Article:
Place the graham cracker crumbs and sugar in a medium bowl and whisk together. Pour in the melted butter and stir until combined.
Press the mixture into the prepare pan and bake for 10 minutes. Remove the pan from the oven and let cool. After the pan has cooled, wrap the outside sides in two layer of aluminum foil, with the shiny side facing out (this helps keep the sides of the cheesecake from browning).
For the filling
In the bowl of a stand mixer fitted with a paddle, beat the cream cheese on medium speed until light and completely smooth, 4 to 5 minutes. Scrape down the sides of the bowl often, making sure all the cream cheese has incorporated and is silky smooth. Add the sugar and salt and beat on medium speed until completely incorporated, stopping to scrape down the sides fo the bowl as needed, 2 to 3 minutes. Add the sour cream and vanilla, and beat on medium speed until combined. Add the eggs, one at a time, beating on low speed after each addition, until just combined. Using a spatula, give the filling a couple of turns to make sure it is fully mixed.
Pour the filling over the cooled crust and use an offset spatula to smooth the top. Bang the bottom of the pan on the counter a few times to help get rid of any air bubbles. Bake the cheesecake until the center of the cheesecake registers 150F [65C], 30 to 35 minutes. The outside 2 to 3 in [5 to 8 cm] of the cheesecake will be puffed and fairly firm and set, but the center will still be slightly jiggly at this point. Turn off the heat, open the oven door just a crack, and let the cheesecake rest and cool in the warm oven for 1 hour.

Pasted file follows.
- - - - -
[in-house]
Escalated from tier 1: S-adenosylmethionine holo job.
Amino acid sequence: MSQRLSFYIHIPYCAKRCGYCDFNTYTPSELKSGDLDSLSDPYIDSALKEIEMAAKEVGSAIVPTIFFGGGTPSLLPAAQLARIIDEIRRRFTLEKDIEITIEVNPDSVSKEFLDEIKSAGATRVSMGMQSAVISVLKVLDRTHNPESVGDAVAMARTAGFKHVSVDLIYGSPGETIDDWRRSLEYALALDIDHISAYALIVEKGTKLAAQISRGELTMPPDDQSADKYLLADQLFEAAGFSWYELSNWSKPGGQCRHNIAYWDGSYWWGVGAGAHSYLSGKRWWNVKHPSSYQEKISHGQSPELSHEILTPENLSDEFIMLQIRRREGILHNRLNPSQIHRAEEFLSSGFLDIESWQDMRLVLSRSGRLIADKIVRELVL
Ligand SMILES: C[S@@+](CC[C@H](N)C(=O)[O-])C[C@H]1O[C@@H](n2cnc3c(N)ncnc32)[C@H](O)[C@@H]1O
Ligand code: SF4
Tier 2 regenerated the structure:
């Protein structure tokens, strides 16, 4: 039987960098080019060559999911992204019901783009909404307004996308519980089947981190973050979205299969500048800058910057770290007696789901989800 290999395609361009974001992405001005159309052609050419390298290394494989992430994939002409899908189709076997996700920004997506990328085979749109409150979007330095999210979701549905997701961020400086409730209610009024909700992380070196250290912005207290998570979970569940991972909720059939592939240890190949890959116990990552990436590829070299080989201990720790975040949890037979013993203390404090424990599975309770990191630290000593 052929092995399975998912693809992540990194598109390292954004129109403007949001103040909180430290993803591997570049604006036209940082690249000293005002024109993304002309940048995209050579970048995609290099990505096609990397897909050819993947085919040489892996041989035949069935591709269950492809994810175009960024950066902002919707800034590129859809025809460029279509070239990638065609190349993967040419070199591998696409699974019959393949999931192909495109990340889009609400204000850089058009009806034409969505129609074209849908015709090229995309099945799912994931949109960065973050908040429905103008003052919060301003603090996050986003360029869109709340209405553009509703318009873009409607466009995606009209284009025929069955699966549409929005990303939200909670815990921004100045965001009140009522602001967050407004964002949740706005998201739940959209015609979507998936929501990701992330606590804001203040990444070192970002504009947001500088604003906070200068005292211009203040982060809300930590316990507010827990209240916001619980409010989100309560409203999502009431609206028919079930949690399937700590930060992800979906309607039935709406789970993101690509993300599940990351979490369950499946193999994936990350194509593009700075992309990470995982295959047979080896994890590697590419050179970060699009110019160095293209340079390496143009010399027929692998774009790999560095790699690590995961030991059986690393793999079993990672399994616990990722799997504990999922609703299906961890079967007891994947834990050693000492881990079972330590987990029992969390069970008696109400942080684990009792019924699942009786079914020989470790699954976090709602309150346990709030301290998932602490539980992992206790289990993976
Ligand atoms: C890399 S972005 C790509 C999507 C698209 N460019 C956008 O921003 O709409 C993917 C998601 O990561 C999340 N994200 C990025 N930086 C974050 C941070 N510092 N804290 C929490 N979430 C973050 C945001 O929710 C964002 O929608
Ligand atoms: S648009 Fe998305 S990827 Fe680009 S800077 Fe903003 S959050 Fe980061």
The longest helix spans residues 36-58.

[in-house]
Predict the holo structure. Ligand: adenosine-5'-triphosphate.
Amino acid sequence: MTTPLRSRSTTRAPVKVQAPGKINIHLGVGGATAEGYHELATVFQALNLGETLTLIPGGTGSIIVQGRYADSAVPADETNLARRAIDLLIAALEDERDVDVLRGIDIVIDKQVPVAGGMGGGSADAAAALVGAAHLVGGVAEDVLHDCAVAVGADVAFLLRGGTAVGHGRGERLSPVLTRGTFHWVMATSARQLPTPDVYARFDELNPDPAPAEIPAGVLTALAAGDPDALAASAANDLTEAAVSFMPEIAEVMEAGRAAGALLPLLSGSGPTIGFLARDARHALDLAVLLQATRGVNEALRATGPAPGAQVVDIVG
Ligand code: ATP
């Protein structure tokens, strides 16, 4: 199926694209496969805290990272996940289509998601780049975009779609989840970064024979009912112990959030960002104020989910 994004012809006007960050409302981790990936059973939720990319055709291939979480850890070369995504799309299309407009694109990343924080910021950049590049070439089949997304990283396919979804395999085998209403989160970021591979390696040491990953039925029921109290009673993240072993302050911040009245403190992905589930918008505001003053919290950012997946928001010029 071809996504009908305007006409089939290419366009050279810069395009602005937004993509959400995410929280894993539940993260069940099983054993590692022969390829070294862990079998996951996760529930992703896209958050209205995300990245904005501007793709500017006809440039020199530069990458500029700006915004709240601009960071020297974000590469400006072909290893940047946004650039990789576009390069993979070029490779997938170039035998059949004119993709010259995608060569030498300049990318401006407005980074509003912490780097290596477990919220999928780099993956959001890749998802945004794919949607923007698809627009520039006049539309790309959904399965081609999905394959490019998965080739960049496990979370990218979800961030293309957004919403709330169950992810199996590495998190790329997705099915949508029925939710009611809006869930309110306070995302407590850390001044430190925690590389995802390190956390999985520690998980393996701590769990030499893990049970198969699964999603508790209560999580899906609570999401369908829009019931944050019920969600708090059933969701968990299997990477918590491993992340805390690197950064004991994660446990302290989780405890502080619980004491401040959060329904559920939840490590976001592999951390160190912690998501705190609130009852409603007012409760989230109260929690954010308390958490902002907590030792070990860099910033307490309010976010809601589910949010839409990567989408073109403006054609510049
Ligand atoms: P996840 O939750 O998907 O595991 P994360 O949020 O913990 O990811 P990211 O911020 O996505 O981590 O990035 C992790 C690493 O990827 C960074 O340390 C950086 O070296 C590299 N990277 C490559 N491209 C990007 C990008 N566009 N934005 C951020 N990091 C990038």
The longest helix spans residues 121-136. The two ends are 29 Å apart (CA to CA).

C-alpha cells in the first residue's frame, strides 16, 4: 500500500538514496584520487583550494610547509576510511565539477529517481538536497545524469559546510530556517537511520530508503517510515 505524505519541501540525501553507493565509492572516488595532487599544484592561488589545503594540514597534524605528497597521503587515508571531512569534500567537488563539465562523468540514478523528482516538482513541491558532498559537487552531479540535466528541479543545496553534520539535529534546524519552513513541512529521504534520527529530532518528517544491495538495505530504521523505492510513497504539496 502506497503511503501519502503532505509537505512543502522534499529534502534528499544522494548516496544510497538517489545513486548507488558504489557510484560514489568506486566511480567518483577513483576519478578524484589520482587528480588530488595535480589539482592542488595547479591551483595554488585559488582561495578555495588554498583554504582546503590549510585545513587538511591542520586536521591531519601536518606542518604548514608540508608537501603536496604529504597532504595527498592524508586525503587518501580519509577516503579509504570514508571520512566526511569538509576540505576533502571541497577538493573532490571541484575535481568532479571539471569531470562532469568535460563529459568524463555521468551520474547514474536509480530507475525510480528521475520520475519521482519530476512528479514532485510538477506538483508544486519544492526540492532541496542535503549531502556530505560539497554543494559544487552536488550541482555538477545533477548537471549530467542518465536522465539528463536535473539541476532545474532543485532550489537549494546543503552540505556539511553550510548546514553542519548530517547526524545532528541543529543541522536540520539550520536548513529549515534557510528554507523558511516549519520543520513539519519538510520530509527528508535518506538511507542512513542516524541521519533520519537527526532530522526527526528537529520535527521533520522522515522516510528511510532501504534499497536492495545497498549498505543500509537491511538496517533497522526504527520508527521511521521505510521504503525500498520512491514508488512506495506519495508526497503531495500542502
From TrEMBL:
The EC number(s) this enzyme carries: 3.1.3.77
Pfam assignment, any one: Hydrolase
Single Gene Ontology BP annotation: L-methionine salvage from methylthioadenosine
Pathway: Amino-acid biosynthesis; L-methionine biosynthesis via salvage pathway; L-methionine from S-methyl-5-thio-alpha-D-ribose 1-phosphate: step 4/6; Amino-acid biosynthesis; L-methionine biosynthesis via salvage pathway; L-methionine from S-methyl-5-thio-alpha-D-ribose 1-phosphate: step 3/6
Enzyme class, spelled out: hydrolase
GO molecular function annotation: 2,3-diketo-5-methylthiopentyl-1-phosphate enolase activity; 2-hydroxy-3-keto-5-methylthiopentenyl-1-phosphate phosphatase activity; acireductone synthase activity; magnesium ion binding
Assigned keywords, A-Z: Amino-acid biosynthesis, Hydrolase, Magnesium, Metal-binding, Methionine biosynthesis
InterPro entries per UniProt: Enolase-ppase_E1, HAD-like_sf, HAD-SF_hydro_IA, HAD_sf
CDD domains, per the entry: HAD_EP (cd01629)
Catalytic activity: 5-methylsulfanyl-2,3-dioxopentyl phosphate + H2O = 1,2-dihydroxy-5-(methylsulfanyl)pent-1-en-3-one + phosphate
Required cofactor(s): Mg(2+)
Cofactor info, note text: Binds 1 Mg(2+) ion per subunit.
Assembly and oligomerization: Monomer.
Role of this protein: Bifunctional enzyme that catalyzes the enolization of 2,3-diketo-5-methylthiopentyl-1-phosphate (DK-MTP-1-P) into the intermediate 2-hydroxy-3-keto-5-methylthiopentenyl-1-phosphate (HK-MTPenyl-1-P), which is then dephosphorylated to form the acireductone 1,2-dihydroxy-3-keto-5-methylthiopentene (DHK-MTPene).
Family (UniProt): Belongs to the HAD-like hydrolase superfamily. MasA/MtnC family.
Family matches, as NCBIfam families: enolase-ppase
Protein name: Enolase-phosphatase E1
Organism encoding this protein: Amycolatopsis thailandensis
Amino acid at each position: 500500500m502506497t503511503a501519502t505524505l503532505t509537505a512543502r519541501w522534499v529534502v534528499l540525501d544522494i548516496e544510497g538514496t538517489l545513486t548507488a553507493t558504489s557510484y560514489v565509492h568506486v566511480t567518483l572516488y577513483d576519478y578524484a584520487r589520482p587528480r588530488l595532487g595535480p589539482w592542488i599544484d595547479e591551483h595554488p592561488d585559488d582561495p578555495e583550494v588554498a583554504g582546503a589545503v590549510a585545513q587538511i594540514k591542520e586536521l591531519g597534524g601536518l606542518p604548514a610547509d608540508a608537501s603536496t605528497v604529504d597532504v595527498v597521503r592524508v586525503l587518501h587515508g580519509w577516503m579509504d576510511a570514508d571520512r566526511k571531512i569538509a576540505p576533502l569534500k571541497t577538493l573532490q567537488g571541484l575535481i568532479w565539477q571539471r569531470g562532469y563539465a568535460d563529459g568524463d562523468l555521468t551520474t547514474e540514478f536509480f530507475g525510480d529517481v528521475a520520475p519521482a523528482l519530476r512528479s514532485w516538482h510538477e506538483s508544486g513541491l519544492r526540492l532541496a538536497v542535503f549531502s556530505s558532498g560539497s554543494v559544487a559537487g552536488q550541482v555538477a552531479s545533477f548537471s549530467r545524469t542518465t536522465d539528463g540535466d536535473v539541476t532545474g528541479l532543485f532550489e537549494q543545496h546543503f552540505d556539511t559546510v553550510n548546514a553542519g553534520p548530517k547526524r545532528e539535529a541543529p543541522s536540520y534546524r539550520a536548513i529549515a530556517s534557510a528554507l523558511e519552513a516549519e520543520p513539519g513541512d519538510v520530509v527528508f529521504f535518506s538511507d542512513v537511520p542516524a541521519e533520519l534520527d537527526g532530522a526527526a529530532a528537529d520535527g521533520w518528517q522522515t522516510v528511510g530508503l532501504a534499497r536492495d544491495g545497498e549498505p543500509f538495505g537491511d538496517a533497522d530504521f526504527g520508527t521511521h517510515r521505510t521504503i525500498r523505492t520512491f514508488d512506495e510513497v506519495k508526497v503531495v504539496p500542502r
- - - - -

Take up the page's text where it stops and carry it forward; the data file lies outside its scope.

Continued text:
Transfer the pan to a wire rack and let the cheesecake cool. Once it is completely cool, place a piece of parchment over the top of the pan (this helps keep condensation off the top of the cheesecake) and transfer it to the refrigerator. Let chill for at least 6 hours or overnight.
For the White Chocolate Ganache
Place the chocolate in a small bowl. Heat the heavy cream in a small saucepan until it is simmering and just about to boil. Pour the cream over the chocolate, cover the bowl with plastic wrap, and let sit for 5 minutes. Remove the plastic wrap and use a butter knife to stir the chocolate into the cream, until it is completely smooth. Let the mixture cool to almost room temperature. Once cool, remove the cheesecake from the freezer, and pour the ganache over the top, and use an offset spatula to spread in an even layer. Let the ganache set before decorating and slicing.
When the ganache layer is completely set, melt the white chocolate in a small saucepan, stirring constantly, until smooth. Add a few drops of red food coloring until the desired color is reached. If your white chocolate seizes when the food coloring is added, add a a little bit of water (a scant teaspoon at a time), stirring constantly, until it smooths out again (this happened to me, and it smoothed out just fine). Pour the chocolate into a disposable piping bag (or small zip-top bag) and snip the end to make a small opening (you want thin lines, so the smaller hole, the better). The chocolate will immediately want to start pouring out, so tip the end up until you are ready to pipe, and be ready to pipe immediately. Make a pattern across the top. Let the chocolate set before slicing. Use the parchment paper to gently remove the bars from the pan. Cut the cheesecake bars into squares.